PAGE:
Hoodoo is located in Santiam Pass in Oregon, roughly two hours northeast of Eugene. This ski area is one of the smaller ski areas on the West Coast with 806 acres of skiable terrain. However, just because Hoodoo doesn’t have thousands of acres doesn’t mean that it doesn’t deliver with the skiing. With a base elevation of 4668 feet and a summit elevation of 5702 feet, Hoodoo has a fairly respectable vertical drop of 1035 feet. Hoodoo also gets an impressive amount of snowfall, averaging at 450 inches (11.4 meters) per year. While there is no lodging available on-site, Hoodoo does have RV camping available on the south side of the lot.

The Mountain and Trails

There are 32 named trails at Hoodoo with an official difficulty breakdown of 30 percent novice, 30 percent intermediate, and 40 percent advanced. The lift system is made up of seven lifts; three quads, one triple, one double, and two surface lifts. All total, the lift system can carry 5280 skiers per hour up the slopes.

Beginner skiers are naturally best served by sticking near the base until they’re sure of themselves. There are several great cruisers found from the Manzanita chair, including the lower half of Over Easy and Blue Valley. After they are comfortable with the mountain, take the Big Green Machine to the peak and ride the novice cruiser Over Easy its entire mile long length back to base.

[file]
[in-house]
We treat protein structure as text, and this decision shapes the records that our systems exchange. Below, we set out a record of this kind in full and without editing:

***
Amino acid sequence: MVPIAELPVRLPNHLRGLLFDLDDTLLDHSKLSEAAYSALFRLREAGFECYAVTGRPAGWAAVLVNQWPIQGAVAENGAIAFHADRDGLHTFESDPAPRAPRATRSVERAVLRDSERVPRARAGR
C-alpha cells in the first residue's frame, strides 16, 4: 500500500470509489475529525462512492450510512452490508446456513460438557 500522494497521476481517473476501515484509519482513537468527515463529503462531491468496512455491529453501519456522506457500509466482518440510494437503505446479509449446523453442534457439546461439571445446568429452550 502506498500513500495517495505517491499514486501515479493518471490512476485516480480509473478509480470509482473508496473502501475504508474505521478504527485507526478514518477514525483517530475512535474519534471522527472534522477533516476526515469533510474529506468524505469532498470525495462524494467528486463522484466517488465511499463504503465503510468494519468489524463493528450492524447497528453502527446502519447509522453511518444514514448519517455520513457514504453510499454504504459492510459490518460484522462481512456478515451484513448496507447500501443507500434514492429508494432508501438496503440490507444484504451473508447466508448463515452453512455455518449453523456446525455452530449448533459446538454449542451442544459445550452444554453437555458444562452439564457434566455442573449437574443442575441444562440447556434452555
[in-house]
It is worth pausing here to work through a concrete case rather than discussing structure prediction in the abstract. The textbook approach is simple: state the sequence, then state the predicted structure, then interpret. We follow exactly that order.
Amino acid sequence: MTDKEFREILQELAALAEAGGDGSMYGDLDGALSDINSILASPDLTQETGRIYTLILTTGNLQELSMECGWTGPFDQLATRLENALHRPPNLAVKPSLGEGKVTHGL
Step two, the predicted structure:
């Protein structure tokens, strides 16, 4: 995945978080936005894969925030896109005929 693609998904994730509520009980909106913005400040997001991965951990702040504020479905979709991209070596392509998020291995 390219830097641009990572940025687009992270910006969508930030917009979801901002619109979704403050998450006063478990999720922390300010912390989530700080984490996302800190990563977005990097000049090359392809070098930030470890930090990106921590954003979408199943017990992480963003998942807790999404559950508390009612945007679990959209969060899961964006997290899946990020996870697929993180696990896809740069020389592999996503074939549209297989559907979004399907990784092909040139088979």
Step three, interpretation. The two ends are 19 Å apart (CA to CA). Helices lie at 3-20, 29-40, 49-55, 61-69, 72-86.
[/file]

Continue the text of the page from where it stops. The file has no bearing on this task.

Intermediates will find several fun steeps and groomers off the Ed Chair, while those taking the leap up to the peak will find some great runs down the backside of the mountain around Hodag. There’s also a slalom course off Ed that offers something a little different to break up the day.

If you’re an advanced skier, you’re going to want to hit the Big Green Machine right away. From there, the mogul-filled Grandstand will lead right into a couple of great steeps or a gnarly glade. Ski the backside for a wide-open tree-lined trail or hit the glades right away through Crater. There’s also some great unmarked territory that’s still considered “in-bounds,” but it requires a little hike to get back to the lifts from the base.

There’s one small terrain park with some nominal boxes and jibs for freestylers. Hoodoo is looking to make improvements to their park over time, so things can only get better.

Bottom Lining

Hoodoo has long been a local favorite and it’s easy to see why. It’s a smaller mountain, so you might not want to spend an entire week here. However, as part of a ski-vacation trip down the Cascades, it should definitely be one of your planned stops. With an awesome and friendly staff, inexpensive lift tickets, and night skiing on Fridays and Saturdays, Hoodoo brings a lot to the table. There’s also a great little ski school to help you brush up on basics and cross-country trails if you want to try something different.